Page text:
Home security is becoming an increasing priority for a variety of reasons, with affordable DIY solutions to professional high end systems, there is something to suit everyone.  However, not all cameras are the same.  So how would you navigate through all the options and find a suitable product for your needs?


Which CCTV System is Best For You?

Most importantly, you should start with a clear idea of what you want the system to achieve.  What your neighbours and friends have may not be right for you.  Making an informed decision with all the available options, will ensure you have a system that is best suited for your needs.  Our guide will help you in this process.


What do all these Megapixels Mean?

This is one of the most common questions, to put it simply, it’s the resolution of the camera lens and the level of detail it can capture.  The higher the resolution, the greater the detail of the image.  The logic is the same as the camera in your smartphone, newer smartphones have a higher megapixel rating than the previous model.  Before the days of megapixels, everything used to be measured using TVL ” TV Lines”.  Today, there are analogue and digital cameras, however both use the same megapixel reference for ease of use.  Below is an image demonstrating the difference between some of the different camera resolutions.

CCTV Camera Resolution Guide

You can see, there is a huge difference between the 2MP image and 5MP image. It helps when you need to zoom in to detail, lower resolution cameras just produce a blurry result.  Just like HD and 4K TV’s in homes, cameras are virtually the same.  An 8MP camera will provide a 4K image, whilst a 2MP camera provides a HD (1080p) image.  However, the higher megapixel cameras do get affected at night, especially when they go in to night mode.  They have a much larger image to capture and a larger area to illuminate using IR (Infra Red) or EXIR (Enhanced Infra Red) technology.

Digital and Analogue – What’s the difference?

Analogue CCTV has been around for decades and relies on traditional coax cabling, which provides video transmission on one cable and power on another, commonly referred to as shotgun cable.  Digital systems always use Cat5e or better, which is capable of sending both video and power over a single cable.  Recent advancements in analogue systems have now allowed to them to send power over coax (PoC).  Allowing for a single cable installation and without the need for additional power supply units to power the cameras.  Digital systems also offer a much higher resolution and advanced features such as trip wire detection, facial and automatic number plate recognition, whilst analogue systems just simply record video.  Many people still choose to install analogue systems today, simply on price, without realising all the features they are missing out on, if they spend a little bit extra.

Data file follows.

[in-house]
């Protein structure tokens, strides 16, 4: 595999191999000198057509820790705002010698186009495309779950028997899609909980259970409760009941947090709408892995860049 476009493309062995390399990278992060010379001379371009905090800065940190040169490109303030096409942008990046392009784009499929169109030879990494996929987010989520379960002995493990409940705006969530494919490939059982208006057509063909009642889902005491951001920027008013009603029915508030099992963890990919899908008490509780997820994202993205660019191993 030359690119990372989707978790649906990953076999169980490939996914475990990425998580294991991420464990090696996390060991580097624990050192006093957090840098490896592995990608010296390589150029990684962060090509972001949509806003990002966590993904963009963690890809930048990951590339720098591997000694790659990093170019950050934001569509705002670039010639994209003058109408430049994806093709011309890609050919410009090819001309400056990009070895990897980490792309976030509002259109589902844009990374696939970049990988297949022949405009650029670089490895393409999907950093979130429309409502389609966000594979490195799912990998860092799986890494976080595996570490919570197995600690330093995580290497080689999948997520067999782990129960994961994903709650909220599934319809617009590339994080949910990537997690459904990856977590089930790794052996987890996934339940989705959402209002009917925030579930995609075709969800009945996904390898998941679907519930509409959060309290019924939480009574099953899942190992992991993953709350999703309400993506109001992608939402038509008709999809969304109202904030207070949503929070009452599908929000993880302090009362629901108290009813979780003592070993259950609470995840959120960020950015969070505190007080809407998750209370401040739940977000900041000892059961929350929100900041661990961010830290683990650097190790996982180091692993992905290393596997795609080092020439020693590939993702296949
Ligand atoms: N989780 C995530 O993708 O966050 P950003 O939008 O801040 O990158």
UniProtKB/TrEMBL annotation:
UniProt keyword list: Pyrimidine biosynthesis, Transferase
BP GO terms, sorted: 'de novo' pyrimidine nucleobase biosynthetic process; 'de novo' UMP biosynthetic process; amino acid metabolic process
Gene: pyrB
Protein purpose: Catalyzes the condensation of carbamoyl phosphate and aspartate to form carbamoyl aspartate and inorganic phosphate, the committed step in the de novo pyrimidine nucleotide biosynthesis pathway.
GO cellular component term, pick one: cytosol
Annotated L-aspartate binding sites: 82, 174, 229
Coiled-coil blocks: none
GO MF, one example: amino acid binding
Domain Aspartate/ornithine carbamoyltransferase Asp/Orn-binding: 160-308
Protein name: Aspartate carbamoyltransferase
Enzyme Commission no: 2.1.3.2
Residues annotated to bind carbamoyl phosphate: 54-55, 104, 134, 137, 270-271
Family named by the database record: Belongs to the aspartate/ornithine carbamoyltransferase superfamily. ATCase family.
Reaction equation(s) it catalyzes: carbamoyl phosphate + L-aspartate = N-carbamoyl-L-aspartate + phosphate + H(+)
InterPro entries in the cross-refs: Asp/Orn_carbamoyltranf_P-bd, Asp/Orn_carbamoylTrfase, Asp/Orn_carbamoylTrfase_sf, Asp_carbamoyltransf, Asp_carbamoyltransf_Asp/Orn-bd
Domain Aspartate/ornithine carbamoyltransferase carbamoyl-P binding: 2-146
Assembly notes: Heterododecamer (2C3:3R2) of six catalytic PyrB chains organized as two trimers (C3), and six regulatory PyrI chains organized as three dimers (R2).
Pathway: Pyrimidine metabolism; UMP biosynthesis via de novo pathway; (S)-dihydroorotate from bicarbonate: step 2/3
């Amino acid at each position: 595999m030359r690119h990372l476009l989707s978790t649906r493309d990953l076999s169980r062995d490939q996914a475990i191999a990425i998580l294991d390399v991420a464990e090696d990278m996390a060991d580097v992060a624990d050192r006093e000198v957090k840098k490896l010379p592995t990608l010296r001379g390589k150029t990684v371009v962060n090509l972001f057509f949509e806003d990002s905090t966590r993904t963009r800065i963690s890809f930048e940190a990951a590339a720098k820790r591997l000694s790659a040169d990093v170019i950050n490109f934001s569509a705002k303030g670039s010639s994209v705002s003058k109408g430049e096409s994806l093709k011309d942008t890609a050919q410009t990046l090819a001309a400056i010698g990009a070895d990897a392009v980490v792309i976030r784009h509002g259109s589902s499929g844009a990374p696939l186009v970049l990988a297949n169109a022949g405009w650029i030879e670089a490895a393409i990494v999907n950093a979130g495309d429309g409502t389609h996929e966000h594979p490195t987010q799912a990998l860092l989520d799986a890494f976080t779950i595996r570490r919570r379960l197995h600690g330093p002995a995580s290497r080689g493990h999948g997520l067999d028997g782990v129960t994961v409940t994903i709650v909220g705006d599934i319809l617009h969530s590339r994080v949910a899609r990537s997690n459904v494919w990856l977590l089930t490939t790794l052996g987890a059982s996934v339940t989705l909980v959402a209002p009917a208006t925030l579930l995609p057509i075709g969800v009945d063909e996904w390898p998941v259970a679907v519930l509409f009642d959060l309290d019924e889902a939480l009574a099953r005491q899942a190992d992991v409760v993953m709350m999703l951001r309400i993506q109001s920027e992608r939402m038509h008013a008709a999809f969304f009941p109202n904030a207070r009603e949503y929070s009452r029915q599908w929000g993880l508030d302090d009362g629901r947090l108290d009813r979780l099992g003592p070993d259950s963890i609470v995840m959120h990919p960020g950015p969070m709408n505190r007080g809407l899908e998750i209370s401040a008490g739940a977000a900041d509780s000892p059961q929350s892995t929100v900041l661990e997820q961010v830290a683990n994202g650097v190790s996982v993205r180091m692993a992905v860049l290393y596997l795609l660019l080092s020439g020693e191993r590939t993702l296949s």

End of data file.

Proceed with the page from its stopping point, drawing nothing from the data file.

DIY vs Professional

There has been a sharp rise in recent years of DIY CCTV offerings, fuelled by  the growth of IoT (Internet of Things).  Devices from manufacturers such as Ring, Nest, Arlo, Y-Cam and others have become a popular alternative DIY solution, many of these cameras use WiFi, meaning installation is minimal and only a power cable is needed.  They are super simple to setup, plug it in, download an app, scan a QR code and you’re good to go.  These products are designed as DIY point solutions and they do exactly that.  However, these products would never be used in a commercial or professional environment, maybe we should ask ourselves why?

Nest vs Arlo

Whilst many of these systems seem attractive at first with little outlay, the costs soon start to stack up if you want full functionality.  A typical camera from Nest costs upwards of £159, but that’s all you get a 2MP (HD) wireless camera, if you want to record then you have to pay a monthly fee for it to be stored in the cloud.  In comparison a professional 8MP (4K) IP camera will cost you around the same and you could buy an SD card for storage for the monthly price plan of a cloud based camera. Or you could go down the NVR / DVR route, allowing local recording with cloud backup for a professional camera, whereas no local recording is available for cloud based consumer products.  They rely on monthly subscriptions which stack up over time, increasing the total cost of ownership, the more cameras you have the more it will cost to store your video in the cloud.